At the Town Council meeting on the 10th September, Cllr Paul Sparks presented a motion to support changed to by-laws to make parking on pavements illegal.
Earlier in the meeting local resident Susan Spicer addressed the meeting.
She told Councillors that she was a pensioner who used a mobility scooter. She explained that she had difficulty in coming into town on her scooter due to cars and lorries parked on pavements, especially in the High Street.
Ms Spicer also explained that parents also struggle sometimes having to walk into the road to pass the vehicles and at times she had also been verbally abused.
Later in the meeting it was discussed by Councillors. Cllr. P Sparks said that the public, especially wheelchair users had at times been trapped by vehicles parked on pavements as they could not go into the road due to the lack of dropped kerbs and he said Ms Spicer had at times had to return home as she was unable to proceed into town.
The members agreed that a change to the by-law would be appreciated but questioned how this would be enforced especially when current double yellow lines and waiting time restrictions were being ignored. It was also felt that a blanket restriction in the town would not be feasible as in some areas parking on pavements was the only way traffic could move freely.
It was resolved by the council to write to local MP Nus Ghani to give support for the change in by-laws to make parking on pavements against the law.
Members voting for:- Cllr.s Mayhew, Beesley, Dean, Eastwood, Smith, Love, Macve, Meakin, Sparks.
Against the motion recorded:- Cllrs. French, Manvell and Ward.
(Source minutes of town council meeting 10th September)
Reply from Department
The response from the Department of Transport as follows:
‘As you are aware, local authorities outside London already have powers to prohibit pavement parking using Traffic Regulation Orders (TRO’s). The traffic signs needed to inform drivers of such restrictions are prescribed in the Traffic Signs Regulations and General Directions 2016 (as amended). They may also use bollards to protect pavements.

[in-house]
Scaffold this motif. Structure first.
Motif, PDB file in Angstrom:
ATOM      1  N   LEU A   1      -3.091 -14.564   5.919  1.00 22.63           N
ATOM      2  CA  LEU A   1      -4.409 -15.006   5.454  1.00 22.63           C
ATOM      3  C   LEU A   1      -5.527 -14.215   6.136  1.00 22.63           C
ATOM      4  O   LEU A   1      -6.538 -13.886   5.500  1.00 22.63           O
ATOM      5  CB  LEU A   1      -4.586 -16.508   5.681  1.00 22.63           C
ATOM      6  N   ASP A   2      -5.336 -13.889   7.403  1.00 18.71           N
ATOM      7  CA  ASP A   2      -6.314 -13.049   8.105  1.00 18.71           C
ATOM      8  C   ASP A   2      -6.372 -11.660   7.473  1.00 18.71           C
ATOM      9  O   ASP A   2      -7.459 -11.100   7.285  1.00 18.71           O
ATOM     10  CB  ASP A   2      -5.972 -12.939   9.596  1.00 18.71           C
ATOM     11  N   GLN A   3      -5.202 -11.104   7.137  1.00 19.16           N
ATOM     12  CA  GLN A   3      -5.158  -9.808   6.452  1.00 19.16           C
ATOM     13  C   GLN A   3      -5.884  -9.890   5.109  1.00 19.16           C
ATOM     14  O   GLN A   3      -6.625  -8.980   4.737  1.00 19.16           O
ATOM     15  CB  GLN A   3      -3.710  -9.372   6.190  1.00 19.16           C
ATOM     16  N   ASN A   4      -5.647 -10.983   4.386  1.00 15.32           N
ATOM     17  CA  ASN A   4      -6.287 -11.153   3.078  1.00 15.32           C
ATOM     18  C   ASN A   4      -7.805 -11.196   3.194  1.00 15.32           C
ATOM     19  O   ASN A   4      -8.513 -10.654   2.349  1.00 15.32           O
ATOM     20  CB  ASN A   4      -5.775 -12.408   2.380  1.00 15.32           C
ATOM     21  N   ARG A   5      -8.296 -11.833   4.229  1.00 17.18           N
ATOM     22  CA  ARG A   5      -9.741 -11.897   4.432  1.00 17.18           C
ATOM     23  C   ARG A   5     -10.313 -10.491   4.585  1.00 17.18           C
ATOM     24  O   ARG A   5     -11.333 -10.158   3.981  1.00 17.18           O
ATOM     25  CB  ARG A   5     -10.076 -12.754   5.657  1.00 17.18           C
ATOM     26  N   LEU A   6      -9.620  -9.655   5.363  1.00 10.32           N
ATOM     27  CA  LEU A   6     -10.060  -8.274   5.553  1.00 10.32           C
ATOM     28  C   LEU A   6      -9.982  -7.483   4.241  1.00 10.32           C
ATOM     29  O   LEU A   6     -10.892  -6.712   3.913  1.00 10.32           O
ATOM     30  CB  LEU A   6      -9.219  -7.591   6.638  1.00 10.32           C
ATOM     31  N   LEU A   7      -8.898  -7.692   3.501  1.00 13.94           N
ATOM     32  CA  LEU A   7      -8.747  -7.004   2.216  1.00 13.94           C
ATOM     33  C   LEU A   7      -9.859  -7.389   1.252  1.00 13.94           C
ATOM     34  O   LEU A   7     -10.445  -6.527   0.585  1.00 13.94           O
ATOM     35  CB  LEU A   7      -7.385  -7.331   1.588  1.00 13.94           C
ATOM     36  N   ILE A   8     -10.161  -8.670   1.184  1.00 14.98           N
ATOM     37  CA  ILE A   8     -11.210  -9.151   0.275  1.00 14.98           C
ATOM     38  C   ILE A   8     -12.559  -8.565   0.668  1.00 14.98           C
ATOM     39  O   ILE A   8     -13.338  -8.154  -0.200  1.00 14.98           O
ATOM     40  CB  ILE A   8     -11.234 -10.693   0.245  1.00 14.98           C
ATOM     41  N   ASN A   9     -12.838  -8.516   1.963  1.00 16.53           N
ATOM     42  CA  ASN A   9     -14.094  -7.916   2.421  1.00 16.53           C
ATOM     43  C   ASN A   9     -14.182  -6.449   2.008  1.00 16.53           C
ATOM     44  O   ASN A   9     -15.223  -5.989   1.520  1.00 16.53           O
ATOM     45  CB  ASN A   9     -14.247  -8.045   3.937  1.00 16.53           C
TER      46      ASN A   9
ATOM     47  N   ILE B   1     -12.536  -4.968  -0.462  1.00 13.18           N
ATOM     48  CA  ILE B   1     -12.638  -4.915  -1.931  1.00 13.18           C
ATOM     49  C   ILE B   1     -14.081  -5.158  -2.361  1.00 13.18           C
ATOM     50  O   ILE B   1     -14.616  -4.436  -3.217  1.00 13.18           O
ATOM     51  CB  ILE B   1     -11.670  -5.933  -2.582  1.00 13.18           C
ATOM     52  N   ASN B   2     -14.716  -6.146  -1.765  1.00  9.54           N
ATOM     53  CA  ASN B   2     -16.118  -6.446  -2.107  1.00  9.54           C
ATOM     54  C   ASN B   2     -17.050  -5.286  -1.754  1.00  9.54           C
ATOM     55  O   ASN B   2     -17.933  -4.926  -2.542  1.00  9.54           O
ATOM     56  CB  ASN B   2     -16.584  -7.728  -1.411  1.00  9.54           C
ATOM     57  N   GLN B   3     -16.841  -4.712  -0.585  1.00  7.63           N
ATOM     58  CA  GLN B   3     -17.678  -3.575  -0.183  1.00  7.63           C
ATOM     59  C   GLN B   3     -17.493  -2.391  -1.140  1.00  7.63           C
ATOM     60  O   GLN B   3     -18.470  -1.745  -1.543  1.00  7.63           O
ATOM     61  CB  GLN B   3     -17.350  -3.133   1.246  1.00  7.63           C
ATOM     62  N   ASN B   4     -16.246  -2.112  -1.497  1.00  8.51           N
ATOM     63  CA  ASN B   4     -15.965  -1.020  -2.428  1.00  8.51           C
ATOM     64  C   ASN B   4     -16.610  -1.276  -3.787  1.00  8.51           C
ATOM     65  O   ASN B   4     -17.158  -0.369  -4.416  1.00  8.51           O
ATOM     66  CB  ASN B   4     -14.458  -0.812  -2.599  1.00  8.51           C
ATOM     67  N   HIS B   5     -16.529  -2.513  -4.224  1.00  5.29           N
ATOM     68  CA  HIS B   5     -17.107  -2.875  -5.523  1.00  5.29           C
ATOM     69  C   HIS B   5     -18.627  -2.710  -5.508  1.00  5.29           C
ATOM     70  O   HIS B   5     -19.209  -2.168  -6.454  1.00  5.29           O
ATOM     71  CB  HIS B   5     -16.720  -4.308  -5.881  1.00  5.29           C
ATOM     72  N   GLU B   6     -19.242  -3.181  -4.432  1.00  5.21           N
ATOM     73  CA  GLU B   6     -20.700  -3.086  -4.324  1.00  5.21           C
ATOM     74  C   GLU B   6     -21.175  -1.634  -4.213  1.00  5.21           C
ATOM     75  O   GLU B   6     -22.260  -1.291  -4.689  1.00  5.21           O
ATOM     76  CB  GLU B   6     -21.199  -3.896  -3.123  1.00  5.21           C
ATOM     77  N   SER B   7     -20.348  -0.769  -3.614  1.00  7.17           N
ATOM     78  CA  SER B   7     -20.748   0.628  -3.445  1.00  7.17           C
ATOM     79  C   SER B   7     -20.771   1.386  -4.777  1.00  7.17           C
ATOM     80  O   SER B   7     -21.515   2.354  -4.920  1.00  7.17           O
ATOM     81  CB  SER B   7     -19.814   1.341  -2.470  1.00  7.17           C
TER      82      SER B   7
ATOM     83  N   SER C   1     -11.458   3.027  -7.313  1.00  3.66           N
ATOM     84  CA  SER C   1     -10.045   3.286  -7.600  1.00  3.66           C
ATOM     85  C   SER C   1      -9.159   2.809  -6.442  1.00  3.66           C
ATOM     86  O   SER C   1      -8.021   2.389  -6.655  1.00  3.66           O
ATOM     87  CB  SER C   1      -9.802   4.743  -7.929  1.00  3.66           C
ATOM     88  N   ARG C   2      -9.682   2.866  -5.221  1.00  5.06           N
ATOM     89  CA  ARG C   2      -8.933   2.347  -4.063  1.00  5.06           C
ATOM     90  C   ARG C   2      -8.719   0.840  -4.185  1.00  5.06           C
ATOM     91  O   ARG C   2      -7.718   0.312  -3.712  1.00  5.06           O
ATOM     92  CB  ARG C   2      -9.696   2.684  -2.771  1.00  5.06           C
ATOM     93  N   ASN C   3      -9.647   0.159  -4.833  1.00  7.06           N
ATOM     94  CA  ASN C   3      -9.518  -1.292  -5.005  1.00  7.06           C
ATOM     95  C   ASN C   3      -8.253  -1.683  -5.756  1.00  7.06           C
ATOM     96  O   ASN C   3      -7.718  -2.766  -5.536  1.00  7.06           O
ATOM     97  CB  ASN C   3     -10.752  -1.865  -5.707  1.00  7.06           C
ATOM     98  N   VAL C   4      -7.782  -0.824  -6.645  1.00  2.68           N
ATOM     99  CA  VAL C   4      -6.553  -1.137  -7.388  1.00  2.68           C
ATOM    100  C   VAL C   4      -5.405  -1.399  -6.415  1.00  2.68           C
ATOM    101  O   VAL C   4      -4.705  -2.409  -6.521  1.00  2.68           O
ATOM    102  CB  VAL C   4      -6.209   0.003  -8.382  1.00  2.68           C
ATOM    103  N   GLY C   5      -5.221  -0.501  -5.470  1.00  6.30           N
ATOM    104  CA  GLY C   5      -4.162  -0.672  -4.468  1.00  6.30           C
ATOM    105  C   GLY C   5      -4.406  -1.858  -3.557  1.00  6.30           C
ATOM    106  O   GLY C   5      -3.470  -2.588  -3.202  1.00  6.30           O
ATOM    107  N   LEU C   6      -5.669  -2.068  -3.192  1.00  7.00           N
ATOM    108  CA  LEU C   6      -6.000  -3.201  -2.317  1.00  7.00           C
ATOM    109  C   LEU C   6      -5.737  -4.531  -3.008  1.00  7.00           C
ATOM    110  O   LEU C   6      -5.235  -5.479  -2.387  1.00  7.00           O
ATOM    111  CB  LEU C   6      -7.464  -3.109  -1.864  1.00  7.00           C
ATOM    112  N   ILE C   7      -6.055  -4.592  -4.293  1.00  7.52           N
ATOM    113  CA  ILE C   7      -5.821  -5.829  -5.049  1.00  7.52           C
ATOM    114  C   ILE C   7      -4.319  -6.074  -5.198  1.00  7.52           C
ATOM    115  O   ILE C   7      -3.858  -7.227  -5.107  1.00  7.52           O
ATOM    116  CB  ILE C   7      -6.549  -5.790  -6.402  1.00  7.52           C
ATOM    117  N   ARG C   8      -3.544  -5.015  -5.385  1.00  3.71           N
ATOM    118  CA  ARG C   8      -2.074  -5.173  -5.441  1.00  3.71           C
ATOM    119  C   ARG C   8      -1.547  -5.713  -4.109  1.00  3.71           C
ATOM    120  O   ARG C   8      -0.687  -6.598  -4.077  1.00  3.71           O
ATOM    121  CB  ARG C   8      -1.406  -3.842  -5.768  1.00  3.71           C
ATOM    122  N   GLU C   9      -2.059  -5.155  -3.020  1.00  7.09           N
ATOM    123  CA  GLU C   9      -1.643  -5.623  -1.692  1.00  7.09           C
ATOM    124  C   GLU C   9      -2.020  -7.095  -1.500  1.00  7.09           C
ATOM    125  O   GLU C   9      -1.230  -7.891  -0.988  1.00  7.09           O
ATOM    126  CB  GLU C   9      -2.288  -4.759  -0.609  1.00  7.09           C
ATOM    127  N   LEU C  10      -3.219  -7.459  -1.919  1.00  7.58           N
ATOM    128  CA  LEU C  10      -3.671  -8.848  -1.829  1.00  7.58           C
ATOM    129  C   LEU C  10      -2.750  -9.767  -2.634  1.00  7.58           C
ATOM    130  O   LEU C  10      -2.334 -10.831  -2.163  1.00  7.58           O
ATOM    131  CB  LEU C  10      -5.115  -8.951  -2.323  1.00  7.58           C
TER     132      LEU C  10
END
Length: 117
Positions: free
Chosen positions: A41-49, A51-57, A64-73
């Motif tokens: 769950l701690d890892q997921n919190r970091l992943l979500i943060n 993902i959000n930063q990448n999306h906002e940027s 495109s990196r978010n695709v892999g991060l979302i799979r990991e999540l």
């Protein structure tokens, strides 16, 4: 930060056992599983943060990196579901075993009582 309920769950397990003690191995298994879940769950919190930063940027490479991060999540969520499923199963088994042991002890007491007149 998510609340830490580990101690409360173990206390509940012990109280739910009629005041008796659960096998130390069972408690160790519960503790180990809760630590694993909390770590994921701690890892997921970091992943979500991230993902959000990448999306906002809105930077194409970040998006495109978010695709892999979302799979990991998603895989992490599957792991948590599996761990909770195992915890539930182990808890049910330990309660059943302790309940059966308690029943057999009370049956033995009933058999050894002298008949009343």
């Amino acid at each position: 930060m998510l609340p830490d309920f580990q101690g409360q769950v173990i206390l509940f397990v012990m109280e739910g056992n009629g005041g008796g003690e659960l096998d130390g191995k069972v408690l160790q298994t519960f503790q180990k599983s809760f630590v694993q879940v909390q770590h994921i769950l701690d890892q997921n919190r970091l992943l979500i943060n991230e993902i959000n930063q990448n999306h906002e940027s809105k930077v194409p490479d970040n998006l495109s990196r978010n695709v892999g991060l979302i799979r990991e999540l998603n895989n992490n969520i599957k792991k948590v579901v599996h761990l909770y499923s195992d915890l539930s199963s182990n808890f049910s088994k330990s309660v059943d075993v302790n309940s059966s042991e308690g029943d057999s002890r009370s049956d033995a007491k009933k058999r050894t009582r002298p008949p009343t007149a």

However, the Department is aware that some organisations and members of the the public argue that TRO’s are not an effective way of addressing pavement parking. Department officials were instructed to gather evidence on the issue of pavement parking and the effectiveness, or not, of the current regulatory frameworks. As part of the work, alternatives methods to tackle inappropriate pavement parking will be considered. This work is now well underway and the Department is on course to draw conclusions later this year.
The Government must consider carefully the implications of any potential changes to national legislation, and it is important that such changes are based on sound evidence’
Town Councillor ‘encouraged’
Councillor Paul Sparks, Uckfield Town Council said:
“I was encouraged by the response from Government stating that they are currently working on solutions to stop inconsiderate parking on pavements. I now look forward to learning about specific measures as promised at the end of the year which I know will be welcomed by many residents in Uckfield.”
The Town Clerk Holly Goring has confirmed that no progress has been made so far with East Sussex County Council on the lowering of the kerbs in the disabled bays.
The following item of interest from Highways Magazine relating to Pavement Parking
Advice from Sussex Police on their website here.